Seraf started out as a very personal project, for Ham and myself, that was really consistent with our desire to professionalize angel investing. One of the things that was an early hallmark of Launchpad was record keeping and performance reporting. Paying attention to the performance of the group and keeping records of the support the jobs are creating, the money that's going into things. If you've tried to manage an angel portfolio with a spreadsheet, you realize, very quickly, it's a pain in the neck.

SAL DAHER: It's impossible, yeah.

CHRISTOPHER MIRABILE: It really is. I mean, with the warrants converting and the convertible notes. We got super frustrated with it. We were running Launchpad with ... Ham had been originally running it with a spreadsheet. When I started Race Point Capital Group, I designed a big relational database to run my group. Then, we migrated Launchpad onto that platform when we merged.

That really was good, but it wasn't perfect. We set out to find a better tool. We were shocked to discover that there was nothing appropriate out there. There were some super expensive accounting packages for private equity funds and real estate funds and big VC funds, but there really wasn't anything suitable or affordable.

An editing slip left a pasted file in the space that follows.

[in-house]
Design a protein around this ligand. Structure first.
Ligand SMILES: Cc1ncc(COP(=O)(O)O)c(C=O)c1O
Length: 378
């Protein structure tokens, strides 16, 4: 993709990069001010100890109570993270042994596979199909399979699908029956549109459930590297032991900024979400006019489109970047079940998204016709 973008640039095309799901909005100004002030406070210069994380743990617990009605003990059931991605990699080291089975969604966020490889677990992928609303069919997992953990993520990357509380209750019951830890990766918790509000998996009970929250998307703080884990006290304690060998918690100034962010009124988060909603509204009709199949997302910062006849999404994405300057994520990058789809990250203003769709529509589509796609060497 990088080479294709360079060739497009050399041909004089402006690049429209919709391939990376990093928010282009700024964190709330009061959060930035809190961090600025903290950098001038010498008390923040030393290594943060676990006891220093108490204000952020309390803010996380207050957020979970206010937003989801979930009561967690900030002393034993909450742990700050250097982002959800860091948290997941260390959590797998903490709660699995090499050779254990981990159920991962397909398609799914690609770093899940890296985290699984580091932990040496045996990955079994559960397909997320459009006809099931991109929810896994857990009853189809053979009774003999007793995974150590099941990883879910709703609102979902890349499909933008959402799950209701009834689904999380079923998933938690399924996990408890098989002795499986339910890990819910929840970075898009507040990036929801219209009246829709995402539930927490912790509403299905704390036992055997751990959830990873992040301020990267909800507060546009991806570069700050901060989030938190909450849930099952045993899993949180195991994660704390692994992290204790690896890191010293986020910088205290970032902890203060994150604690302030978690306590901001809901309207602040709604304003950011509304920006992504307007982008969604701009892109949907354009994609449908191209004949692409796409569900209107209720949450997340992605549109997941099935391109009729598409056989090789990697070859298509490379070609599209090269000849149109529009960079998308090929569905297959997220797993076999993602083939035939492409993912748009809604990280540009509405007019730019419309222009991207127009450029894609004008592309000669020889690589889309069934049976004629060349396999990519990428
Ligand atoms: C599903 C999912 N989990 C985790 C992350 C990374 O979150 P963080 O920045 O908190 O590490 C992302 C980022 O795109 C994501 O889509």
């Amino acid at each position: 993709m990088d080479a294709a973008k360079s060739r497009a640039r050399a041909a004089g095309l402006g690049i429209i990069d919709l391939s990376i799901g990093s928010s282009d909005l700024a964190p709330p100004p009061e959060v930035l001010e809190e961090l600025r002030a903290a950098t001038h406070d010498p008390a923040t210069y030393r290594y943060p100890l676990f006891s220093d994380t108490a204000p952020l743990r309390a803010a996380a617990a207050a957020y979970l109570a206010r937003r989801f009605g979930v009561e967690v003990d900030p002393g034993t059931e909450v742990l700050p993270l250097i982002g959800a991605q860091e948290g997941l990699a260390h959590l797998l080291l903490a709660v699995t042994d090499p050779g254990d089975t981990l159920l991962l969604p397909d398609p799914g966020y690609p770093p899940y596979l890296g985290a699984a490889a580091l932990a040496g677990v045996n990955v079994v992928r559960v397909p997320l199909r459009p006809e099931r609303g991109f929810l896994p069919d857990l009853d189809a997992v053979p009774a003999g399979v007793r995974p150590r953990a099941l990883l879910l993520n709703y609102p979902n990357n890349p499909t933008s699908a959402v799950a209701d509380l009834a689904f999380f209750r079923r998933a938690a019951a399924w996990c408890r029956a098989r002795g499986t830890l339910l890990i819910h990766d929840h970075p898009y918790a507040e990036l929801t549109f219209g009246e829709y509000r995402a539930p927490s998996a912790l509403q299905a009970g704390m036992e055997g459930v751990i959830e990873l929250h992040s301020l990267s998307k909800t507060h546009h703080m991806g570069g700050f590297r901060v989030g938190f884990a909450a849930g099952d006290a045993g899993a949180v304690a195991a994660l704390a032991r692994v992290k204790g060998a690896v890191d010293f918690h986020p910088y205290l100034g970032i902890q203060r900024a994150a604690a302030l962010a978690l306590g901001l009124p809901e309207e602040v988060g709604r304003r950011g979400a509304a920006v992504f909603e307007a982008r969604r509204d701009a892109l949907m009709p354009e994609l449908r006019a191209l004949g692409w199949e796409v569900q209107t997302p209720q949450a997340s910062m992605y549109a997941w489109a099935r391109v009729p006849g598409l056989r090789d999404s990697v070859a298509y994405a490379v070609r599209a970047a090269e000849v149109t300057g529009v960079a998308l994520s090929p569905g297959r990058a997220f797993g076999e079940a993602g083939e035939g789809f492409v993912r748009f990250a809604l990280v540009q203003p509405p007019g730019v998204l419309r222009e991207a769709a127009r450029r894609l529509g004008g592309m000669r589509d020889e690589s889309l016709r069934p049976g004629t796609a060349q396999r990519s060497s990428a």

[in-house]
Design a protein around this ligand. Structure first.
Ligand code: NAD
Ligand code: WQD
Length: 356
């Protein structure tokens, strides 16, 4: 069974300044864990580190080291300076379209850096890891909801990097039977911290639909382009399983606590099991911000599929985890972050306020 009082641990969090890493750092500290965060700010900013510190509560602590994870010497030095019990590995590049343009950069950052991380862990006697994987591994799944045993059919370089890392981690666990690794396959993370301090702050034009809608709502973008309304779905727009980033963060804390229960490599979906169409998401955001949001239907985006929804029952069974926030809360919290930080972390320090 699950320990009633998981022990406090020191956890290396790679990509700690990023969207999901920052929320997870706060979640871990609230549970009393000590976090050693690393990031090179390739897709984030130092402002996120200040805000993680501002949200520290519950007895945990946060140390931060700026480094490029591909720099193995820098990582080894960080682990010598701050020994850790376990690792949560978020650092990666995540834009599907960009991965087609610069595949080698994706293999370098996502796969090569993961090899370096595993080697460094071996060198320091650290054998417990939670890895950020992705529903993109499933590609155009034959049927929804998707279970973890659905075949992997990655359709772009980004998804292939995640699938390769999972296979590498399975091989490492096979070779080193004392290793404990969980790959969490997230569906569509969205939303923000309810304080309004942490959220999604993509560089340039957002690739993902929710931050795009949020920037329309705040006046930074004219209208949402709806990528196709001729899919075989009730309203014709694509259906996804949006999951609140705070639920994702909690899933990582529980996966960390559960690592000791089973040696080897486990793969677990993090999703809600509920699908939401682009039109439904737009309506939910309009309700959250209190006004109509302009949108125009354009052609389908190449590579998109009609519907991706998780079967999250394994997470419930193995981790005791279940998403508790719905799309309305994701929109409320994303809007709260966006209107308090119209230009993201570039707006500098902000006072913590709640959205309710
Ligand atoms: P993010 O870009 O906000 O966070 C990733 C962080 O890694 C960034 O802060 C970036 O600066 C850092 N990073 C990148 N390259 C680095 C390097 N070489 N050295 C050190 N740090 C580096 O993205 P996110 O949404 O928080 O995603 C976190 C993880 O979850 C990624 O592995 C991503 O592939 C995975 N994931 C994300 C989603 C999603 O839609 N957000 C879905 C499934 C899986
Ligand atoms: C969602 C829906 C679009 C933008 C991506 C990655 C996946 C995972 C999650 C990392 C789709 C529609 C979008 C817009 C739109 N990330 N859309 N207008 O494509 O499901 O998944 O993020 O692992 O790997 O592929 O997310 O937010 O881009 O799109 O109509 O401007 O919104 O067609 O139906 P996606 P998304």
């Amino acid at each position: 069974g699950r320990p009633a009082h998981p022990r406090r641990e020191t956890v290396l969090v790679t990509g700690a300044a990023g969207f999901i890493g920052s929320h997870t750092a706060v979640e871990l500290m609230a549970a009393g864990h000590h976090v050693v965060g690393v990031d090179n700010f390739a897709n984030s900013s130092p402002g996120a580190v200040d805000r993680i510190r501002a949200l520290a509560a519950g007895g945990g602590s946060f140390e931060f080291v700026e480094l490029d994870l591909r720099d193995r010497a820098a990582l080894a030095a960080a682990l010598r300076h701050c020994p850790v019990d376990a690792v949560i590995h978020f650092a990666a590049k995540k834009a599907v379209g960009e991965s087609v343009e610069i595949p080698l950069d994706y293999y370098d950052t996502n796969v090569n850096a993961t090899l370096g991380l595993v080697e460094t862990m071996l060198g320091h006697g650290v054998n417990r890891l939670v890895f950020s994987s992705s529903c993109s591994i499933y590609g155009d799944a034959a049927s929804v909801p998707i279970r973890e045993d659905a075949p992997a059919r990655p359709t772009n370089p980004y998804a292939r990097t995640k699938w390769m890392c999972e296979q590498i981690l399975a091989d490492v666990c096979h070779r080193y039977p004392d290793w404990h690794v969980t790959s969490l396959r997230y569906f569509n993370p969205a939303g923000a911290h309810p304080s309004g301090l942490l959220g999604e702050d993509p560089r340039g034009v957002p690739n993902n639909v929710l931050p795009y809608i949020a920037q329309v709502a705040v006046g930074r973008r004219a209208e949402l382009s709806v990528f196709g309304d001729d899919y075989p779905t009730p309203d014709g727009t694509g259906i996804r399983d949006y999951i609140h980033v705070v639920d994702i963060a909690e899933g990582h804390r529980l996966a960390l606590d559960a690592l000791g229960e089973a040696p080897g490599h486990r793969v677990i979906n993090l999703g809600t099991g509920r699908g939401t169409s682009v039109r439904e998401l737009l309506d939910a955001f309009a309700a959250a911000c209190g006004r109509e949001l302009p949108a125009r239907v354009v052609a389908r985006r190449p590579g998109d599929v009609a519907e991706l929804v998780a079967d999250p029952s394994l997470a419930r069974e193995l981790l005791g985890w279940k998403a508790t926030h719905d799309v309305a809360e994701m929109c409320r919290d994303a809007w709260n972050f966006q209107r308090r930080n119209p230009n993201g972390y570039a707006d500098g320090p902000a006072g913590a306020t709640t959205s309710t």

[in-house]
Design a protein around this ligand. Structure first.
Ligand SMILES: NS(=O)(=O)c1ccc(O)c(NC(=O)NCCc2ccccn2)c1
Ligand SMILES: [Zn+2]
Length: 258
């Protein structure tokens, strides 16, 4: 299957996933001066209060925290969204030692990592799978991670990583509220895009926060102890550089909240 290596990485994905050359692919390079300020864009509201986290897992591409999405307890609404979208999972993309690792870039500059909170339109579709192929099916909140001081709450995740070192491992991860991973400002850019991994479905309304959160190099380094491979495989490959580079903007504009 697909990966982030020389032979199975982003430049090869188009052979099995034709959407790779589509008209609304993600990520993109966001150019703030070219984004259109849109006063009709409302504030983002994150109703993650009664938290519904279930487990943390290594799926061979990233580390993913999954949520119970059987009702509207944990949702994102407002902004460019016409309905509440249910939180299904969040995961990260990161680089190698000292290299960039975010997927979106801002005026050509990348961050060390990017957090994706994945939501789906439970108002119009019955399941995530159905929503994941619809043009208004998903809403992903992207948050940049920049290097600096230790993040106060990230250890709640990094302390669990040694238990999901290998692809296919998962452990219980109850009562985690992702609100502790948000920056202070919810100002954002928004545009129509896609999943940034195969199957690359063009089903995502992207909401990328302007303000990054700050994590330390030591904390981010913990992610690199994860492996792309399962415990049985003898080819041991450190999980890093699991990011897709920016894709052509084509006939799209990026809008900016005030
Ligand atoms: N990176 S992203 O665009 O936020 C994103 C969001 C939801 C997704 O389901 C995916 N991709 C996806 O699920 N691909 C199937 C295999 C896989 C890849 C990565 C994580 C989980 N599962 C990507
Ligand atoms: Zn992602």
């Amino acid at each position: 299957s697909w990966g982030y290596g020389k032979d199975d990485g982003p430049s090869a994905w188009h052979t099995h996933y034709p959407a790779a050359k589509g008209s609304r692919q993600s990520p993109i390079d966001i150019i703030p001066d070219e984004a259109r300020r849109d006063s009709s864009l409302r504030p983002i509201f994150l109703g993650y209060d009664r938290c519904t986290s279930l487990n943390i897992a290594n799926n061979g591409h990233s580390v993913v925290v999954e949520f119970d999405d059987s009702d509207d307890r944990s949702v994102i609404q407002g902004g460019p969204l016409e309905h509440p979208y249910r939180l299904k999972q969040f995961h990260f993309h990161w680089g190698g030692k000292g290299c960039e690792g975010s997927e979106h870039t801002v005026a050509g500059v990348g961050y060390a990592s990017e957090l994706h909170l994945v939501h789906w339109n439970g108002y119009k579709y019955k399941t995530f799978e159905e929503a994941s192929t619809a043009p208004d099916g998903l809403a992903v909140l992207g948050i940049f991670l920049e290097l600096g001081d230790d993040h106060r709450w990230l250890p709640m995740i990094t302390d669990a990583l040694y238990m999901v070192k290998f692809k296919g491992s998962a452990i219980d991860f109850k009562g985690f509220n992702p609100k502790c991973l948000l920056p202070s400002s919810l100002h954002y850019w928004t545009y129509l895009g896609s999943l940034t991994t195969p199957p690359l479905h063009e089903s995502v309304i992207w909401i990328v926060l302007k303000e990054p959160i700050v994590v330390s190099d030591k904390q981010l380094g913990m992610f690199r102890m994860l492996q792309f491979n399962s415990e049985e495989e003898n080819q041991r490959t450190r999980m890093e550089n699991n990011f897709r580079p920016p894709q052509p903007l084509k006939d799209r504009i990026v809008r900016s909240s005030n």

We hacked something together ourselves and showed it to a few people. They wanted to try it. They showed it to a few people and they wanted to try it. Next thing we knew, we had a huge list of feature requests and a road map that we people wanted us to build, so we said, "Well, let's just release this as an affordable SaaS product."

We've since added enterprise features for funds, and accelerators and groups, and university tech transfer offices. The product has really grown. I think there's somewhere between 500 million and a billion in assets on the platform at this point.

SAL DAHER: You got me thinking of ... I should put my investments on. I'm so flat out with this podcast, with all the other things, that I can't come up for air, but I should probably be doing it-

CHRISTOPHER MIRABILE: Well, drop us a line. We offer services for busy people. Getting them started, migrating their stuff over, on a paid basis. You can just get ... We have someone really terrific named Whitney and someone named Hillary.

SAL DAHER: Awesome.

CHRISTOPHER MIRABILE: They're really, really good at getting busy angels up and running on Seraf.